Brandon spent time with one of the boys with Downs’ Syndrome at the farm who invited him to spend the night. He didn’t know how to politely decline – and that it really got to him.

The farm is in really good shape now and those of us who saw it 4 years ago on our first venture there are so pleased to know of its better condition.

Sara L. who also was on the Farm Crew told us that she was pleased to see how people here are living off of the land. This connection to the land she feels is missing back home. The simplicity is what she is impressed with – these are the most important connections in life and we do so often forget that.

Mary Ellen went on Rice & Beans this morning and couldn’t stop smiling as she saw so many as they went from house to house in Monte Verde. Then, this afternoon, before the playtime moment, there were many gathered at the gate, on the ground giggling and smiling. Although many of us can’t speak Spanish and they don’t do well in English (yet) the universality of laughter binds us all.

Sister reminded us that we will come home enriched more than we can fathom – that is the blessing of the Mission experience.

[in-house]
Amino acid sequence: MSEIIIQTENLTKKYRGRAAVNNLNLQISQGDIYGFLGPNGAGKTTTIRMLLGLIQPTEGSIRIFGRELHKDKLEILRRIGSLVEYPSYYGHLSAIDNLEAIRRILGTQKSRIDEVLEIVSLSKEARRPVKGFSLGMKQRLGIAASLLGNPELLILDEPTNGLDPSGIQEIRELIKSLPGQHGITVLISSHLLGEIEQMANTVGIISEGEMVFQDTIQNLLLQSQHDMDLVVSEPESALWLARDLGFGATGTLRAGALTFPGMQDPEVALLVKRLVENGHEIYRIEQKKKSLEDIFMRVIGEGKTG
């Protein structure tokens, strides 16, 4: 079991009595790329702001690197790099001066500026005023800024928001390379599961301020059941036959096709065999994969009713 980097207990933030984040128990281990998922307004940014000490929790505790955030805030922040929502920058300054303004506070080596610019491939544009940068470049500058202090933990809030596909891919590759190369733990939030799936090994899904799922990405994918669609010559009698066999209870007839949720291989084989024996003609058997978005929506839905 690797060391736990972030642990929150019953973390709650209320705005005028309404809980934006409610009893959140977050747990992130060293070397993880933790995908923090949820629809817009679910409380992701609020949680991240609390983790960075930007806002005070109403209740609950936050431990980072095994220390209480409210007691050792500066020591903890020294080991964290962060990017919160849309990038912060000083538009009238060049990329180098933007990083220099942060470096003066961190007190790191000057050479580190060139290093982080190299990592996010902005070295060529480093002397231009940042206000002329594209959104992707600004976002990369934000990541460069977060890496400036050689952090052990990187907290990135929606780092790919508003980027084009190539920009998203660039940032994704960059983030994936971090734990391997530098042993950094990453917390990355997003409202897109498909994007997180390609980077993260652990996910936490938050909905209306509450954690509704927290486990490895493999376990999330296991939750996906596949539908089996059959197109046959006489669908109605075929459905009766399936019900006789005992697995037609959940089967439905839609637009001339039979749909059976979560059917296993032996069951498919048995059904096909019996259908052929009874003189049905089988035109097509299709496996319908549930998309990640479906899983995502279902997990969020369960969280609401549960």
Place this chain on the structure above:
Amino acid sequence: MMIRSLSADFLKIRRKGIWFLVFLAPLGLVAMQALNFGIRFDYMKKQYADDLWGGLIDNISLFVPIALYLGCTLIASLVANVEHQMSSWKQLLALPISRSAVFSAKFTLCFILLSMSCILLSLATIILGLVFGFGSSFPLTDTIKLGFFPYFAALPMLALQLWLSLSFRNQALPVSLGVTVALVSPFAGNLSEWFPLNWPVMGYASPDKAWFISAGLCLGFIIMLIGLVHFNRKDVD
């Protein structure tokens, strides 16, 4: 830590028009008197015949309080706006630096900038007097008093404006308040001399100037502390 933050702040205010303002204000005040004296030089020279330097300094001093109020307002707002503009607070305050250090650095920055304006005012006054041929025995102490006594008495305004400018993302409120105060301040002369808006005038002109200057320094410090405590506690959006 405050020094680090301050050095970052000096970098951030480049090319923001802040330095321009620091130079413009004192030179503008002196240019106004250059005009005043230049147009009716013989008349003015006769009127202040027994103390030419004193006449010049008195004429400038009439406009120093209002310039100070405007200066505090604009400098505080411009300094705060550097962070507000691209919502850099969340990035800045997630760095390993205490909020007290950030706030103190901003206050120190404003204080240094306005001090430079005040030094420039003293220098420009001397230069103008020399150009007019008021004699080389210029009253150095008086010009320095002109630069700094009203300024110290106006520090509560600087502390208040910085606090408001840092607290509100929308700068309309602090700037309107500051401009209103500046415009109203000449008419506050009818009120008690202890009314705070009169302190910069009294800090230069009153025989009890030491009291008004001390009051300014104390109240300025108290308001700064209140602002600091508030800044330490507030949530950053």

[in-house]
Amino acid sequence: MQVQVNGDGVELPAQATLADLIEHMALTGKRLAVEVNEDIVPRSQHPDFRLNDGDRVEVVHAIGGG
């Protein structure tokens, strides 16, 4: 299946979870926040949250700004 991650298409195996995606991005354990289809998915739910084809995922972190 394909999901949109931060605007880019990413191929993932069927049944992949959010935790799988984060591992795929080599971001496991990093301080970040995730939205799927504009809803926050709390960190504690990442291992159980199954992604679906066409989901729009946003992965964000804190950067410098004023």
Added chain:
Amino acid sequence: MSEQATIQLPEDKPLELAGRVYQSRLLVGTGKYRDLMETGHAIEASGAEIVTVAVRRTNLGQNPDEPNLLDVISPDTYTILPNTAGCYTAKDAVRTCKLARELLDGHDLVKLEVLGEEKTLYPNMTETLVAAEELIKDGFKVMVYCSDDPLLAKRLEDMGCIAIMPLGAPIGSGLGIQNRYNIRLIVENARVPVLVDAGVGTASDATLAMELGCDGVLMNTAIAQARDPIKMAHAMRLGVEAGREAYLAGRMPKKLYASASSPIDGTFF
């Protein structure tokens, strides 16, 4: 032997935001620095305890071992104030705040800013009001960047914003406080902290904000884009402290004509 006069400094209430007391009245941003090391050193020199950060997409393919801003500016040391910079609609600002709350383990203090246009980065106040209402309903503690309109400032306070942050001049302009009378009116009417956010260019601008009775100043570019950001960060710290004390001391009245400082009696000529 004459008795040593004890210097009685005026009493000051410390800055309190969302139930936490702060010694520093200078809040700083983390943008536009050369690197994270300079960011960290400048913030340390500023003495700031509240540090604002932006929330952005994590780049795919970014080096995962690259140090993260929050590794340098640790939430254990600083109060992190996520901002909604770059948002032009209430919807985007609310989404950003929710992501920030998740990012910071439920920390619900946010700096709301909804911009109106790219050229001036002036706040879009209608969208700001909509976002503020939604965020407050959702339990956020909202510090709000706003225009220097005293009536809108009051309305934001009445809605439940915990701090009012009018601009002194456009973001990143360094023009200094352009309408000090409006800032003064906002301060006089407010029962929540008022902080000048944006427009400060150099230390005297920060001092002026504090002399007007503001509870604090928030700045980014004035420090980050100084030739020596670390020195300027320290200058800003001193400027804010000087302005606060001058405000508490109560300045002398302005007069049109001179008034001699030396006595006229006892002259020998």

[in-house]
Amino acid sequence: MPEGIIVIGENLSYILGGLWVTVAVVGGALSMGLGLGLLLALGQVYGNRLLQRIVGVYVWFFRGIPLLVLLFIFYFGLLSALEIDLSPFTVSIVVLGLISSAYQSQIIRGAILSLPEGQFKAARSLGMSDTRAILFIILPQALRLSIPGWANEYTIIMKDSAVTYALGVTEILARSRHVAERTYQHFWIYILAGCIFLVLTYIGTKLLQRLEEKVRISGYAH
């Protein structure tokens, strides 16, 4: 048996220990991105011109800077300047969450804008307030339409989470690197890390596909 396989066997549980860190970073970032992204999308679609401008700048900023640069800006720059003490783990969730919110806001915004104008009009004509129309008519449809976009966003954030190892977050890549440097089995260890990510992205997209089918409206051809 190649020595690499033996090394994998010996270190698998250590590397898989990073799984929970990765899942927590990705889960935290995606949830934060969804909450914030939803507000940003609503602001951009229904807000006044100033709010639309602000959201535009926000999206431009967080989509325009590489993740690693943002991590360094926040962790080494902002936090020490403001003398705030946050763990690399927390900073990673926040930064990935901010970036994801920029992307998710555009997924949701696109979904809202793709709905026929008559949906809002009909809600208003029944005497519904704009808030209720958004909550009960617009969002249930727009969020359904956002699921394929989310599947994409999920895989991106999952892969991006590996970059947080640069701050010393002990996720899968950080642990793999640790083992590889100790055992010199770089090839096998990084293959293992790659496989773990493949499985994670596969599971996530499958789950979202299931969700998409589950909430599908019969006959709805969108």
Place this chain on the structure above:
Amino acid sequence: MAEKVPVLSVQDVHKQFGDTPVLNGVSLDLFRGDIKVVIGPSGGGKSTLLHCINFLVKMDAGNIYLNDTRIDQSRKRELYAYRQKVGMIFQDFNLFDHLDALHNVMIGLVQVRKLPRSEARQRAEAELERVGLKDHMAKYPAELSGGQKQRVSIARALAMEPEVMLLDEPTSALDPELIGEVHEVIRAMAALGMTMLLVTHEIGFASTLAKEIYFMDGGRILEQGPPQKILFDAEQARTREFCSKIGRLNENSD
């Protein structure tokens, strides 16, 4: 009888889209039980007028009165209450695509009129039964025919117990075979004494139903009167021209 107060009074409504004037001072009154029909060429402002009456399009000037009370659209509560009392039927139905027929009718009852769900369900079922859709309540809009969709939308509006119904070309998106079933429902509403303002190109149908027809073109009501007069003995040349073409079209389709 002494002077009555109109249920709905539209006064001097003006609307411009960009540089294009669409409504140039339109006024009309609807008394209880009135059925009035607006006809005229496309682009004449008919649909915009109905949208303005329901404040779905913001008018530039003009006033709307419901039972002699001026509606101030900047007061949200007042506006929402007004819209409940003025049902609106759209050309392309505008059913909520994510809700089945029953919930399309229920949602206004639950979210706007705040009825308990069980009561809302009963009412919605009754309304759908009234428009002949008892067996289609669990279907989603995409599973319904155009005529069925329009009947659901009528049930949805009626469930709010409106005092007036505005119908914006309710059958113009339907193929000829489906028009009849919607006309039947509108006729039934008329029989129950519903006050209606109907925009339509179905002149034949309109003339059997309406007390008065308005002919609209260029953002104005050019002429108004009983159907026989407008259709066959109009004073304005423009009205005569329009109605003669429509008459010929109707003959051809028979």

Joy C. was on a Home Building Crew today constructing a home donated by her husband, Ray who is a trapper. He takes the proceeds from the pelts and buys a home shelter each year. Today she gave the photo of Ray, sipping his coffee, to the family and then the woman of the household came back to show Joy the photos of her 3 children. Knowing how precious photos are, Joy was shocked and so appreciative when the woman told her she could keep them!

Amanda then spoke about the simplicity she has observed. Although her sister, Danielle, has been on two previous missions, Amanda couldn’t really grasp everything and found her new reality very different from what she expected. “Everyone is so proud of who they are and they want to share with us. We want, want, want one thing after another. How complex our lives are. Here it is so simple.”

Sister then reminded us that we will be out of sync with our world as we knew it, when we return next week.

Haley spoke of her Rice & Beans experience and how it hit her that she is on her Winter Break in this tropical country enjoying it to its fullest returning to our winter cold soon. Yet, the families she encountered today do not get any breaks from their daily lives to have such an experience.